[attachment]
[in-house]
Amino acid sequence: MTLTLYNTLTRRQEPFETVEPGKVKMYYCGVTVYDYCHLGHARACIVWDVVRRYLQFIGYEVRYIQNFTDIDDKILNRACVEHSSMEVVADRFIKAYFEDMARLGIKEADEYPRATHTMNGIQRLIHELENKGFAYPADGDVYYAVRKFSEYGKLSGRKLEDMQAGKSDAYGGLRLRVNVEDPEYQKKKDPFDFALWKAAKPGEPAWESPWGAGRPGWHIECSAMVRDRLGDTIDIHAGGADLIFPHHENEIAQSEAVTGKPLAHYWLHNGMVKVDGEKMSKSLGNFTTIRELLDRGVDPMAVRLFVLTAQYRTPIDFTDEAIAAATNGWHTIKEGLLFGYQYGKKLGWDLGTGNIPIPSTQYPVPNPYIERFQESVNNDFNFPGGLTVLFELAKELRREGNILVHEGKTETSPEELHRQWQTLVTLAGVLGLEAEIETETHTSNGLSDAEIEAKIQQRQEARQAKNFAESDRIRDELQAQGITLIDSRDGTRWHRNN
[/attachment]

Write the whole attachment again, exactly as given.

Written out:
[in-house]
Amino acid sequence: MTLTLYNTLTRRQEPFETVEPGKVKMYYCGVTVYDYCHLGHARACIVWDVVRRYLQFIGYEVRYIQNFTDIDDKILNRACVEHSSMEVVADRFIKAYFEDMARLGIKEADEYPRATHTMNGIQRLIHELENKGFAYPADGDVYYAVRKFSEYGKLSGRKLEDMQAGKSDAYGGLRLRVNVEDPEYQKKKDPFDFALWKAAKPGEPAWESPWGAGRPGWHIECSAMVRDRLGDTIDIHAGGADLIFPHHENEIAQSEAVTGKPLAHYWLHNGMVKVDGEKMSKSLGNFTTIRELLDRGVDPMAVRLFVLTAQYRTPIDFTDEAIAAATNGWHTIKEGLLFGYQYGKKLGWDLGTGNIPIPSTQYPVPNPYIERFQESVNNDFNFPGGLTVLFELAKELRREGNILVHEGKTETSPEELHRQWQTLVTLAGVLGLEAEIETETHTSNGLSDAEIEAKIQQRQEARQAKNFAESDRIRDELQAQGITLIDSRDGTRWHRNN